In a year that has thrown up enormous challenges for everyone around the world, fans of KTM have had plenty to smile about. Having made their MotoGP debut in the 2017 season they’ve tasted the ultimate success in just a few short years with a win apiece for the factory and satellite outfits already in 2020. Always a manufacturer that punches above their weight, the Austrian outfit offers bikes that are a blast to ride and built tough. The problem is, they all look the same and if you want to stand out in the KTM crowd boy you have to put in the work. Well, Australia’s James Campbell has been hard at it and his killer KTM 690 Cafe Racer now has the visual appeal to match the fun filled performance. 

We first met James last year when we featured his Honda CBR600RR that he gave the retro treatment to, for a unique looking ride with bucketloads of get up and go. But the KTM actually began earlier and was his first full build and with such unique machines to the custom scene, you can never accuse him of taking the easy way out. But the formula makes sense, take a motorcycle that already has incredible performance and then give it the look you desire. It’s a hell of a lot easier than trying to make an old commuter bike genuinely fast; he’s definitely onto something.

As mentioned however the KTM range not only look the same but share the orange, black and white colour palette across the range. From 50m away your non-biker friends are going to struggle to tell the difference between a budget 125 Duke or a bad to the bone big buck 1290 Super Duke. While most go the bolt-on route, James had other ideas, although that was not always the plan. “I originally bought the 690 Duke because its a very fun bike to ride, I had no intention of modifying it. But the budget wouldn’t allow for a second project bike so I decided to try modding the KTM.”

So to get an idea of what he was working with the Duke was stripped down, photos taken and a design slowly pieced together. To give him a base to build off the rear subframe would have to go, pointing aggressively skyward the stock unit isn’t at all conducive to the cafe’d look. The new unit is a work of art, built from high-grade Chromoly it attaches via the factory mounts. Finished out in black it has an OEM level of finish and provides the perfect contrast to the orange mainframe. Two lateral supports keep it solid as a rock and a tray under the hump provides the perfect place to store the battery.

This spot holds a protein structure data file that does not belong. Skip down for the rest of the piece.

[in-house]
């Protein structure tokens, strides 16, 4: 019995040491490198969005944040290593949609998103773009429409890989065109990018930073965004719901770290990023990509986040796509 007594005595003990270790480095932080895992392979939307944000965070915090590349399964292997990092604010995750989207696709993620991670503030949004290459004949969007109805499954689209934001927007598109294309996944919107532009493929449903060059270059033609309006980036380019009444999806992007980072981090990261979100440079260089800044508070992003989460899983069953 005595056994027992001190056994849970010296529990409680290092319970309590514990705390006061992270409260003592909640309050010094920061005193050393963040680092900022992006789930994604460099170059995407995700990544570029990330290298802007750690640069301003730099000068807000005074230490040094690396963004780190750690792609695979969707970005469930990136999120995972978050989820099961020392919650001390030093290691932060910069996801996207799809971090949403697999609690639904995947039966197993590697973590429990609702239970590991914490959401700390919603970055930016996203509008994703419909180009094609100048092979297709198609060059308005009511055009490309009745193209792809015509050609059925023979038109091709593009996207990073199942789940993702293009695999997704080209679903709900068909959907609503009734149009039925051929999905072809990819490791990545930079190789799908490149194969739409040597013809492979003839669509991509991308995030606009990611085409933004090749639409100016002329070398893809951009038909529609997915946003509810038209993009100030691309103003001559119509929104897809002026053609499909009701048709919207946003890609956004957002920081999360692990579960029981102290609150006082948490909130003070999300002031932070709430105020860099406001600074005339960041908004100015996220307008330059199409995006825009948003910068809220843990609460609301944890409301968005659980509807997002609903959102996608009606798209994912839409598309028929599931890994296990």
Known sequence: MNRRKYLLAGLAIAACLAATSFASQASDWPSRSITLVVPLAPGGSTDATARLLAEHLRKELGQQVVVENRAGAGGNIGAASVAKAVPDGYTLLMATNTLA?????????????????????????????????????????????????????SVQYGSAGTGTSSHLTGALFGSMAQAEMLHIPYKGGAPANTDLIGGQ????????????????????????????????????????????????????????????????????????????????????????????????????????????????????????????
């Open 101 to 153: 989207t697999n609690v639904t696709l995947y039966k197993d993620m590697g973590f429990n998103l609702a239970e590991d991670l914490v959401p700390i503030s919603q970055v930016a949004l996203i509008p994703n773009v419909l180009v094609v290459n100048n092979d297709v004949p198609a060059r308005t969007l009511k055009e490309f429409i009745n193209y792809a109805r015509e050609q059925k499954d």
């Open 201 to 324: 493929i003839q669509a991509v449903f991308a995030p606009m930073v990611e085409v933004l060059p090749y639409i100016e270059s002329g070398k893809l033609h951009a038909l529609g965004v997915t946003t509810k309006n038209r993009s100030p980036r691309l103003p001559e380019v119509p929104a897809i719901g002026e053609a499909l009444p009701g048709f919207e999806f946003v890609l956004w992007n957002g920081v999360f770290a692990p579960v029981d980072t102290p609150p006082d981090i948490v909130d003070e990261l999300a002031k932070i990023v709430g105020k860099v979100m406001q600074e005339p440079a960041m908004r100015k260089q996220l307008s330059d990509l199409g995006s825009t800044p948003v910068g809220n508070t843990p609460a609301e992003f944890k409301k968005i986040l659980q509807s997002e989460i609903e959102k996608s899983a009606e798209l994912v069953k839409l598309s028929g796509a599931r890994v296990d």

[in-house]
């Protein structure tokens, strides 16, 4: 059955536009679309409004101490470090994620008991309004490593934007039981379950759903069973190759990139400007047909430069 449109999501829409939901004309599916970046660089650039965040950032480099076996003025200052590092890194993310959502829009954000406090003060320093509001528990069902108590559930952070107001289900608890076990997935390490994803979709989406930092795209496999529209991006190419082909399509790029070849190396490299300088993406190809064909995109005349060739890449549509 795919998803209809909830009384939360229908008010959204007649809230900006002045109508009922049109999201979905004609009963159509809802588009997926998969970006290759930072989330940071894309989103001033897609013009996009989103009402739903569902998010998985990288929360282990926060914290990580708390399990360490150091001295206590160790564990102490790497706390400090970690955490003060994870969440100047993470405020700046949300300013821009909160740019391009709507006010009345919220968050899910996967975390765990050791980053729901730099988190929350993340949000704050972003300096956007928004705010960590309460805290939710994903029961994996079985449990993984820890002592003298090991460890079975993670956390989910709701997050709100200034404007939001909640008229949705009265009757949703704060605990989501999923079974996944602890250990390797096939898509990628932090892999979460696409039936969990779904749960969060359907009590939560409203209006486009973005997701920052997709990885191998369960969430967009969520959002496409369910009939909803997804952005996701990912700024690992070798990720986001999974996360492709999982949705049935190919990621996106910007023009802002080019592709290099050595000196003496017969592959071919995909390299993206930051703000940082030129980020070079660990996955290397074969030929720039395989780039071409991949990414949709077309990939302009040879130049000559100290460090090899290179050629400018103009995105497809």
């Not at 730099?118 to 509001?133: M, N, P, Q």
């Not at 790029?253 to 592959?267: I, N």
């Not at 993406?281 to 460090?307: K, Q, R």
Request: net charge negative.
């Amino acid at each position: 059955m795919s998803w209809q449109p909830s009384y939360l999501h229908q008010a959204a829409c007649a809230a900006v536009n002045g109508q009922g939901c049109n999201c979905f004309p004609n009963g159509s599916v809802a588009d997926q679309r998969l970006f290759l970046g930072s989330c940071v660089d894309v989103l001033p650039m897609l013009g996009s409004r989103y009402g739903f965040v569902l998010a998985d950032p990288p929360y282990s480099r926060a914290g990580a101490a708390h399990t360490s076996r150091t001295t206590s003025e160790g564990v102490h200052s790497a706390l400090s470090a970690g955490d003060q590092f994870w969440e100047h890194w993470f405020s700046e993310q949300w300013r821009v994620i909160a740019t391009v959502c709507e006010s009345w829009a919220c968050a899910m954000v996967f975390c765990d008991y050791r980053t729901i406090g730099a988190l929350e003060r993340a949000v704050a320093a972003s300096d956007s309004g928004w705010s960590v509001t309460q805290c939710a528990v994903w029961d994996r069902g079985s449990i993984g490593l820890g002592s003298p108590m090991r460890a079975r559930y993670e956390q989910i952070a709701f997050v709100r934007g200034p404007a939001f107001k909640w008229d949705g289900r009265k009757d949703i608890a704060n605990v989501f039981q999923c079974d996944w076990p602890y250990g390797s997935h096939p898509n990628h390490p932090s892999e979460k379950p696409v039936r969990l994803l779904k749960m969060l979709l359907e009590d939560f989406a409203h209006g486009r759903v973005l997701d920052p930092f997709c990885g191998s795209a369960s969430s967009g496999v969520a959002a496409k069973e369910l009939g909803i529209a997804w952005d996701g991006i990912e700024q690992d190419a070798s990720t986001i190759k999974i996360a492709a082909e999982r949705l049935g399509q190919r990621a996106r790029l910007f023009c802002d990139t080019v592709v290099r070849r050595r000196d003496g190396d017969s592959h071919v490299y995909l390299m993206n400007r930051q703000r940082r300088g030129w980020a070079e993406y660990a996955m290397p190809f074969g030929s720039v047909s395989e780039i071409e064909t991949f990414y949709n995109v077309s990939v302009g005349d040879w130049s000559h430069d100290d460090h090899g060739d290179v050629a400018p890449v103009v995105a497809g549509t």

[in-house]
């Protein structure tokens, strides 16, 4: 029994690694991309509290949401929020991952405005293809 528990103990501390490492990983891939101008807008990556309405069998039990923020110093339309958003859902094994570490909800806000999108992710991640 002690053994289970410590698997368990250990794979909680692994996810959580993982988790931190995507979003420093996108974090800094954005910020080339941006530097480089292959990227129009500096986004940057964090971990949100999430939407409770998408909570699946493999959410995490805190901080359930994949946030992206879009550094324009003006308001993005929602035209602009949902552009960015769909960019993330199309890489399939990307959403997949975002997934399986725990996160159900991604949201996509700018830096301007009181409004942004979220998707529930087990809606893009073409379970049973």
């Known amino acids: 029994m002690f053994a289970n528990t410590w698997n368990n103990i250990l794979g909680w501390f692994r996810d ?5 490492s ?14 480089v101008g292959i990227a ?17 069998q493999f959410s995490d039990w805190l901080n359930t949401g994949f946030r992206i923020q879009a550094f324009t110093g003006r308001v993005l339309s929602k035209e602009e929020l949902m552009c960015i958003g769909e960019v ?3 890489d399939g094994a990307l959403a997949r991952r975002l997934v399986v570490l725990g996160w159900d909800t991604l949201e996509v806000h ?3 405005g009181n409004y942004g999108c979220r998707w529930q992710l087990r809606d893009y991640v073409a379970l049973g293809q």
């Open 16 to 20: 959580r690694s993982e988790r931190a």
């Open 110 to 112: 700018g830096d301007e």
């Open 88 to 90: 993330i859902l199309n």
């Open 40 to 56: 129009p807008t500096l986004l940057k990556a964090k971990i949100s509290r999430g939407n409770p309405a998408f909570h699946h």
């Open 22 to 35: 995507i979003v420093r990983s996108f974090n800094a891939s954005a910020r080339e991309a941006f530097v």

Then came the tail and tank, “Once I had a pretty solid design I mocked them up with foam on the bike, the tail section I was able to just fiberglass over the foam to make the seat which wasn’t very hard,” explains James. But the tank would not be so easy, a perimeter trellis frame is always a challenge to work with and the fuel pump and sender would have to remain inside. A total of ten separate pieces were cut from alloy and meticulously tacked together. Before the final unit had the filler cap reincorporated, fully tig welded and it could be pressure tested to ensure there were no leaks.

With all the metalwork done it was time to sort out the paint and there was only one place to go. Sam Muldoon at Colourfuel is a star of the Australian scene and his work has been sported by many a show winning ride. The KTM colours were used, but with the emphasis on the black and white the Duke takes on a style of its own. While the hand-painted KTM logos with flawless detail and the bold pinstripes finish out the job. To match the seat had to be foamed up and covered, with the guys at Bad Arse Trim Co. taking care of business with the perfect cafe styled fit-out.

“Clip-on handlebars and solo bucket headlight were added to keep with the cafe racer styling, but can be easily converted back to tracker bars for a more upright seating position,” James tells us. But the headlight required an LED upgrade with the vibrations of the big single blowing bulbs. The taillight is a special touch to the bike, made on the lathe by James it gives the bike a classic piece that doesn’t look out of place. While the rest of the controls are all about maximising the riding potential, Sato racing rearsets, adjustable levers, and a Brembo radial master are all business.

But the heart of the KTM couldn’t be forgotten and until you ride one it’s almost impossible to describe the smile-inducing nature of the high compression thumping single. To maximise the sound the big factory rear can was removed and a sweet new Tyga Maggot muffler added. With the factory airbox ditched in the process of making the new rear, a K&N filter is bolted in place and lets you hear the motor induction sound roar.

To keep an eye on everything the factory instrument cluster is retained, but neatly mounted on a piece of carbon fibre hard against the top clamp. The bike took 12months to complete and the results speak for themselves having first debuted at the epic Throttle Roll show. James plans to keep the KTM forever and given “It’s a hoot to ride, loves time on the back wheel and being a general hoon,” why wouldn’t he.

[ KTM Cafe ]